The first part of this toolkit focused on the mechanics of the referral process, the nuts and bolts of setting up a structure within a primary care practice. The success of the referral process is dependent upon the practice and the community partner. The success of the next step, linking with the patient, depends on the receptivity and response of the targeted patients.
Midway through the AHRQ pilot project it became clear that practices were establishing functional, bidirectional referral systems, and clinicians were remembering to refer eligible patients to the targeted community program. However, the majority of referrals were not converting to enrollments. Eight months after consistent program referral by the four practices in the AHRQ pilot project, results showed that only about 1 in 10 patients who were referred actually enrolled. Physicians and other team members were disappointed that their work to establish a referral system wasn't paying off with improvements in patient health. The community representative was frustrated by the sheer volume of follow-up calls to referred patients who had not enrolled in the program, and sometimes were surprised, angry, or befuddled when the partner called. At this point, the project shifted to a much stronger focus on the patient engagement aspect of the referral process.
Through an ongoing series of interviews, one-on-one meetings, and a cross-practice learning collaborative, the practices and community partner developed strategies to improve patient enrollment. Several clinicians with the highest "conversion" rates shared their methods for selecting patients for the program. "We all know our patients, and you just know when they're ready. They might still need a push, but you know when they're ready. You have to trust your instincts," one physician explained. Another physician commented that community program referral is different than referring a patient to a specialist. While the mechanics might be the same on the practice side, it presents a new scenario for the patient who is not just putting another medical appointment on the calendar. By committing to enroll in a community program, like the YDPP, they are committing to a lifestyle change. This is why clinician and patient interaction during the referral process cannot be overemphasized.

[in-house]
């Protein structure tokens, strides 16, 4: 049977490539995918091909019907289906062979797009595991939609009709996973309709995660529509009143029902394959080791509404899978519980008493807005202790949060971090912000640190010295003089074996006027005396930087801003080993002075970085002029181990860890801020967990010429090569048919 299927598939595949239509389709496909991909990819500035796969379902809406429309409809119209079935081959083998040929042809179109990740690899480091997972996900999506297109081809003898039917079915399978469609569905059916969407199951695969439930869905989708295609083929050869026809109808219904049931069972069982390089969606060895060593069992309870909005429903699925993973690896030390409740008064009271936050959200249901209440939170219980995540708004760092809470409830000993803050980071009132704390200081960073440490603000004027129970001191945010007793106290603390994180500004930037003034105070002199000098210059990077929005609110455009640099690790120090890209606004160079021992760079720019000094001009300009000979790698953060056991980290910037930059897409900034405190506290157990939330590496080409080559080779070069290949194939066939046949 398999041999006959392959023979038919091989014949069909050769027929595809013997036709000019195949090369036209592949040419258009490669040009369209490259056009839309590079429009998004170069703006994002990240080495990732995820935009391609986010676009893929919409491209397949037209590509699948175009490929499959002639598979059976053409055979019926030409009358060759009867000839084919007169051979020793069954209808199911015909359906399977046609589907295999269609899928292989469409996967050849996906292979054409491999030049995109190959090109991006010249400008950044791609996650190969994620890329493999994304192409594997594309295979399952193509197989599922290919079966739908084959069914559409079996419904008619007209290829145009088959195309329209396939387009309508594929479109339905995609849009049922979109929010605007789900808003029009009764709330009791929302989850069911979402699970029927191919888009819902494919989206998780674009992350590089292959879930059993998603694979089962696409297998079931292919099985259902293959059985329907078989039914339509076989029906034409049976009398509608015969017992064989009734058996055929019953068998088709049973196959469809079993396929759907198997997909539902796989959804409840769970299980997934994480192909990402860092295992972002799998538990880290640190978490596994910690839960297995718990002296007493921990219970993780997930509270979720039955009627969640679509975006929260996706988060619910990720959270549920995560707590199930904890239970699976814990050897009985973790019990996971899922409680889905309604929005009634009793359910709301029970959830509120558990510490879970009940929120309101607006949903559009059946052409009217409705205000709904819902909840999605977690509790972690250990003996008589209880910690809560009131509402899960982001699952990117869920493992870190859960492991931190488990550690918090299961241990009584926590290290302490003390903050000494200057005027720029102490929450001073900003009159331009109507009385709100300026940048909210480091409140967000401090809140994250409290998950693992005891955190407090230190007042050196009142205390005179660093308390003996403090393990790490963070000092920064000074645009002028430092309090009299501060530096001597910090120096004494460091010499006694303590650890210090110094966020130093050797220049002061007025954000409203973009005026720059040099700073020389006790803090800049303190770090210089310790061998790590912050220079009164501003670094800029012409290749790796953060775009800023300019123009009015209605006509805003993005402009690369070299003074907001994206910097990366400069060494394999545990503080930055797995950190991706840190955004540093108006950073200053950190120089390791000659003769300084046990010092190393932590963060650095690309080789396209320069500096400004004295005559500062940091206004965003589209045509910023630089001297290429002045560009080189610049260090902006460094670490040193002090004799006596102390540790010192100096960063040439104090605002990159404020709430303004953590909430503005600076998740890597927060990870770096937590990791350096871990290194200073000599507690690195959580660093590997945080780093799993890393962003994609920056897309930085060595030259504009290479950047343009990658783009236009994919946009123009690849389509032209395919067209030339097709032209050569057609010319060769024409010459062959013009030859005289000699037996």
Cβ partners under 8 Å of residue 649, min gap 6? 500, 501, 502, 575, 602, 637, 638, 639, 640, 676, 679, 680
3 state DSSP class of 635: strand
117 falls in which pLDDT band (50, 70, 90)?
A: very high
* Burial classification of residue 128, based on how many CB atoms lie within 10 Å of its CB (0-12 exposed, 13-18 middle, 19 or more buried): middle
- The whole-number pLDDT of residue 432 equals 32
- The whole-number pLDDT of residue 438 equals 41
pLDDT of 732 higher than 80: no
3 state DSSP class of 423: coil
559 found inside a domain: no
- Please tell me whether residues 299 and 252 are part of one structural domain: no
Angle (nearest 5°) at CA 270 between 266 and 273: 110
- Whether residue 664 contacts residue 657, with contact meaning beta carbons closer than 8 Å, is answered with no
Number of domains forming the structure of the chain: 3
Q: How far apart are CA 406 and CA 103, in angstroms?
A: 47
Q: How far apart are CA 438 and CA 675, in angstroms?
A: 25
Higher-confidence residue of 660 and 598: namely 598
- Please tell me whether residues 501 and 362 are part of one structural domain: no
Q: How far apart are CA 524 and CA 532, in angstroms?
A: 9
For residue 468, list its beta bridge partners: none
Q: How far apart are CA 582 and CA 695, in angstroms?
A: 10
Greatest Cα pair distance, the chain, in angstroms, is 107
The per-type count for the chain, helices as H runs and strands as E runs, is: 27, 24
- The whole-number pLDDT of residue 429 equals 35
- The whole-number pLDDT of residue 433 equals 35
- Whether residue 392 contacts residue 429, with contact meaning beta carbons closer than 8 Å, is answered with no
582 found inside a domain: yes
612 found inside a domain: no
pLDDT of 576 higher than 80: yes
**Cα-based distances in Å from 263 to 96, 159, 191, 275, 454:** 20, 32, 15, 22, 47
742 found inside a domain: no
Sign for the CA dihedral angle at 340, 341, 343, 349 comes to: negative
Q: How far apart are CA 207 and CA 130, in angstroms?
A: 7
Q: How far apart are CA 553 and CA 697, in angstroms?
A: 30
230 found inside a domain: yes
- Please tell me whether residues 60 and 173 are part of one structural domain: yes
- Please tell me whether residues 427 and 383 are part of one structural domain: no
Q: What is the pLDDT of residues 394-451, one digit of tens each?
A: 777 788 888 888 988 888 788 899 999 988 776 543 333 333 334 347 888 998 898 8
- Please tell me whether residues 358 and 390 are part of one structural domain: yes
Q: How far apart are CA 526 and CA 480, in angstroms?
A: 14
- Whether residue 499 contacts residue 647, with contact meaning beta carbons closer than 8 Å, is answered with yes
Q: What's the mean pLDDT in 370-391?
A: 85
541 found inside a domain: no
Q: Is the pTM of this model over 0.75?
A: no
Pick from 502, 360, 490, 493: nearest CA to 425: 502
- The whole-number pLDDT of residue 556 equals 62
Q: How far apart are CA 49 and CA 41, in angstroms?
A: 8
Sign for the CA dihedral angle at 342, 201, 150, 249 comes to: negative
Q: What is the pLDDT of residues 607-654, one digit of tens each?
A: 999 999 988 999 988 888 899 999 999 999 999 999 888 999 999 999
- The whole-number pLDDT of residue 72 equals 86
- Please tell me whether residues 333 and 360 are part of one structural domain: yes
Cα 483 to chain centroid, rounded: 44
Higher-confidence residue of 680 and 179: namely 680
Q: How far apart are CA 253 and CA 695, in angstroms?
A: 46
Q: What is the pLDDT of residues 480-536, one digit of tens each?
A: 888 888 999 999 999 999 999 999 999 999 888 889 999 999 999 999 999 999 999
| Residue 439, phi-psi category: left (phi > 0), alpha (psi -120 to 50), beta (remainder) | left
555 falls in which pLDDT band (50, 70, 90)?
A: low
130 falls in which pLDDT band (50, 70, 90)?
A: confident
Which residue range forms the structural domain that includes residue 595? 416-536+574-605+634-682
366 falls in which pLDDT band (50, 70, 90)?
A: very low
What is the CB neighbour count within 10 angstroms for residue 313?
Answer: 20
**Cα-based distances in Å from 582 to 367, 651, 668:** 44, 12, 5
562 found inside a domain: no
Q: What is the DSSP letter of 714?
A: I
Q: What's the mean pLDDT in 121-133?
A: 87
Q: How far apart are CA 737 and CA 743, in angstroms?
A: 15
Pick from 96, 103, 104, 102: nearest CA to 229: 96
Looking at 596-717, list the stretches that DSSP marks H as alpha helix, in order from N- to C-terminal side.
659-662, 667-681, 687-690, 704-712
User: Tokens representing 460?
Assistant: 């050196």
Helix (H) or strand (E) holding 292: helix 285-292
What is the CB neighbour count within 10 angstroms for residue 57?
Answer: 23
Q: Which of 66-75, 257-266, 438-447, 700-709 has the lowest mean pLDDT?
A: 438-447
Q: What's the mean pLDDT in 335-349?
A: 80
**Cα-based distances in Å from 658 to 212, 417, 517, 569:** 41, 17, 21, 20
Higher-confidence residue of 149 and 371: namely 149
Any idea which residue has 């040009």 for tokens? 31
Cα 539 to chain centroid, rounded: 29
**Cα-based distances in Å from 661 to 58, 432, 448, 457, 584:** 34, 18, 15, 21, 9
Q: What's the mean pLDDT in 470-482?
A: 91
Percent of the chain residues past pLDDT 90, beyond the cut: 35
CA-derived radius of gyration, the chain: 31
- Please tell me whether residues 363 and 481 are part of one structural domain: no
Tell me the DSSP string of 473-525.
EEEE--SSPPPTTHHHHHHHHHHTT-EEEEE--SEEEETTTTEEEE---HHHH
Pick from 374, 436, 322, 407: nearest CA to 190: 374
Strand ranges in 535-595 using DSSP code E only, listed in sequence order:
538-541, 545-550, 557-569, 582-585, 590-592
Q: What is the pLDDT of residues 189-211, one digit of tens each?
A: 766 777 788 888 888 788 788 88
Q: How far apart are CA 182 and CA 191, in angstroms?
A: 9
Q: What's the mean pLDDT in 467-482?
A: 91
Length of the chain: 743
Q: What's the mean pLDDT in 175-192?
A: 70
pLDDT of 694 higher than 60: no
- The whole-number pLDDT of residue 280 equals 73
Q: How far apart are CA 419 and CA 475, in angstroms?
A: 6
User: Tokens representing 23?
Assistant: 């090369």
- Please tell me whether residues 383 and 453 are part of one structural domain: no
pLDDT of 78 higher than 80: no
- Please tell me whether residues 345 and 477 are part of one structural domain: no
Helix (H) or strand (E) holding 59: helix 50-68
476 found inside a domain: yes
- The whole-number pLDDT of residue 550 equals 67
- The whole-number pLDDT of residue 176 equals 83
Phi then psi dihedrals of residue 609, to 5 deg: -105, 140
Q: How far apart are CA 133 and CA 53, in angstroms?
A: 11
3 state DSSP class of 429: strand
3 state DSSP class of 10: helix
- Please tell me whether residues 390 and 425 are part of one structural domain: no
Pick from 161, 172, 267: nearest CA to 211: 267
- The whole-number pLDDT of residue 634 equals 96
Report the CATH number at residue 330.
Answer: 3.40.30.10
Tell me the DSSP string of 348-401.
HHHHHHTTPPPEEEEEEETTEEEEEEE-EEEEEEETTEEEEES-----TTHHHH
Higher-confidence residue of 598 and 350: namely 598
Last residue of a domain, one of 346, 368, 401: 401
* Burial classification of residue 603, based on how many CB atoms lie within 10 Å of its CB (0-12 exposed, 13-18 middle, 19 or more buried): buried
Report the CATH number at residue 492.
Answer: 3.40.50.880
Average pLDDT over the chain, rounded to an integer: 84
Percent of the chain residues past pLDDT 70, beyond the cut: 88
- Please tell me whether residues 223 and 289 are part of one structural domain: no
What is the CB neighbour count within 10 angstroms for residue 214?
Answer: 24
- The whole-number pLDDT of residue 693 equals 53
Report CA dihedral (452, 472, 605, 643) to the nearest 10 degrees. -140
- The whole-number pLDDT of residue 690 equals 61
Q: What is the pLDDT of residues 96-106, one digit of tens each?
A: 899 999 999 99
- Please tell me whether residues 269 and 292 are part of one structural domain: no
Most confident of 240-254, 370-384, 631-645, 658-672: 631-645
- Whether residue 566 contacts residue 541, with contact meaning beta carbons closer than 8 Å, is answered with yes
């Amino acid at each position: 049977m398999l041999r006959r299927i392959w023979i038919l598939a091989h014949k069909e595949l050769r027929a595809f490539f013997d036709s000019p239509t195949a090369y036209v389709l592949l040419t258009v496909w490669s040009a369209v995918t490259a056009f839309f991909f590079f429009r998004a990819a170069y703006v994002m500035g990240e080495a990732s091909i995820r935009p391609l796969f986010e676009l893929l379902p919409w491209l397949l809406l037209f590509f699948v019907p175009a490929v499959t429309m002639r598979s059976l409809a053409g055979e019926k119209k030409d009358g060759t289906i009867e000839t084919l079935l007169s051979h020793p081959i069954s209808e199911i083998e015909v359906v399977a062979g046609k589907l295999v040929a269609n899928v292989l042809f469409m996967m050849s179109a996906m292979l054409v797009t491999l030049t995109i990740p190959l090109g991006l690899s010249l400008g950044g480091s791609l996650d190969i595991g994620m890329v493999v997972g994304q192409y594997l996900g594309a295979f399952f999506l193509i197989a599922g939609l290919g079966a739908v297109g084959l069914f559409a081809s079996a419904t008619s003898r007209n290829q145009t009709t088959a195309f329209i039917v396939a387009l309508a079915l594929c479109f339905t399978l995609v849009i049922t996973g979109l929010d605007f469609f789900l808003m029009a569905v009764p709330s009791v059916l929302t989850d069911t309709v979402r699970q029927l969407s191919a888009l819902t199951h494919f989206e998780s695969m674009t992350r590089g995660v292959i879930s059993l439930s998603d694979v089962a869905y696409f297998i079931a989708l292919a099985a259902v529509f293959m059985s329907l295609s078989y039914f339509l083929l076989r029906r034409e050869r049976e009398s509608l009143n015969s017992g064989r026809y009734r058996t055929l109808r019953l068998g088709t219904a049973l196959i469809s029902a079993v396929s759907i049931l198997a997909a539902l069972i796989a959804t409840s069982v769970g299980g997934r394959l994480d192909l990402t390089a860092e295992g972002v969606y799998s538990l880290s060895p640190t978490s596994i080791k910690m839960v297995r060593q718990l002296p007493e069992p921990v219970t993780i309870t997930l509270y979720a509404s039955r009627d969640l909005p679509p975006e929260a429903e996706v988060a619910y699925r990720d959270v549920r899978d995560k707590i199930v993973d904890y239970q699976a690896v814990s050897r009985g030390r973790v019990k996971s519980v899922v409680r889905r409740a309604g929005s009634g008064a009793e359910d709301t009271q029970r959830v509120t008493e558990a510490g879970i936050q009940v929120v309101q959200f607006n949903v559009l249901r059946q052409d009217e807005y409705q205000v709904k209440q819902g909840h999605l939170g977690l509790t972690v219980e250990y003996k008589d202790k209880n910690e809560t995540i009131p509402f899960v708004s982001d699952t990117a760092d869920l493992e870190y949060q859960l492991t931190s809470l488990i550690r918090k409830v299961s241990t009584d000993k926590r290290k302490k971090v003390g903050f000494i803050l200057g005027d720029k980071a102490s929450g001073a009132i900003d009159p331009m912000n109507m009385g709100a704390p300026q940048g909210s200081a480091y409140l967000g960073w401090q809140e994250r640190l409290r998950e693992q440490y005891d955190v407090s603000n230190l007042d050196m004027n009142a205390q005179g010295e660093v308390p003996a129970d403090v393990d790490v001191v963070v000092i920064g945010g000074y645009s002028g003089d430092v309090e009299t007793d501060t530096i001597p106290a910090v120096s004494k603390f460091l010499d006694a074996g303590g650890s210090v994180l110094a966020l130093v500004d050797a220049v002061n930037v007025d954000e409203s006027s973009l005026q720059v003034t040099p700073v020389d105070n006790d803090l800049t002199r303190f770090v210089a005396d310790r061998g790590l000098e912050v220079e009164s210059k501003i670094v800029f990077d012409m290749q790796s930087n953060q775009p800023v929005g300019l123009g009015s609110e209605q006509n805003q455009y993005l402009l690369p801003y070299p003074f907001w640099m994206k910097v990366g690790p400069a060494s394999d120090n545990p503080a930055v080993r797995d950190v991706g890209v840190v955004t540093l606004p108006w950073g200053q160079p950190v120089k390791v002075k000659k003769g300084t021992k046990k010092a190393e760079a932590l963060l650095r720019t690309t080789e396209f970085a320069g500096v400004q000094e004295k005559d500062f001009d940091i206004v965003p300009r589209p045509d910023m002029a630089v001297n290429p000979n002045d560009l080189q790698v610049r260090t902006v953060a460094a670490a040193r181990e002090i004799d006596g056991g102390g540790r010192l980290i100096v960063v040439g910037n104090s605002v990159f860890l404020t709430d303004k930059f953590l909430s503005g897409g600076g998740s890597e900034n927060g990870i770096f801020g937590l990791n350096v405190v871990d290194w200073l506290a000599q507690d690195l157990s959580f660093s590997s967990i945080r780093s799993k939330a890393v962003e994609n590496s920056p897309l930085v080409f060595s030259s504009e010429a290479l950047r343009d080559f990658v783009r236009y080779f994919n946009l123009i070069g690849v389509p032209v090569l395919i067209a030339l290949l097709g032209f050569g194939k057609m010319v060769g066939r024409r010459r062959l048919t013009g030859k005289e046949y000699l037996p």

During a cross-practice learning collaborative, participants mutually agreed that referring a patient based on physiologic criteria alone was not a successful method. There was a collective sense that clinicians needed to consider another equally important criteria—the patient's readiness to change. This second consideration spurred the development of the patient engagement tools described below.
Nine tools for increasing patient engagement.
|Tool 12||Motivational Interviewing Approach||Reviews fundamentals of motivational interview and gives examples of how to use OARS||Clinician|
|Tool 13||Videos on Motivational Interviewing Strategies||Synopsis and links to several high-quality demonstration videos||Clinician|
|Tool 14||Decisional Balance Worksheet||Instructions on how to use worksheet with patient; includes example and handout||Clinician; Patient Handout|
|Tool 15||Patient Videos on Healthy Lifestyles||Synopsis and links to several patient videos; clinician could mark personal favorites||Patient Handout|
|Tool 16||Patient Testimonials from Community Program||Testimonials from individuals who attended the YMCA Diabetes Prevention Program; template could be modified for other community programs||Patient Handout|
|Tool 17||"Weighing the Cost"||Instructions on how to explain graph to patient; graph to give patients||Clinician; Patient Handout Use|
|Tool 18||"The Time Game"||Clinician instructions on how to use worksheet with patient; includes example and patient worksheet||Clinician; Patient Handout|
|Tool 19||"Turn off the Oven"—Prediabetes Awareness||Information about diabetes development||Patient Handout|
|Tool 20||"Shedding Light"—Prediabetes Awareness||Information about diabetes development||Patient Handout|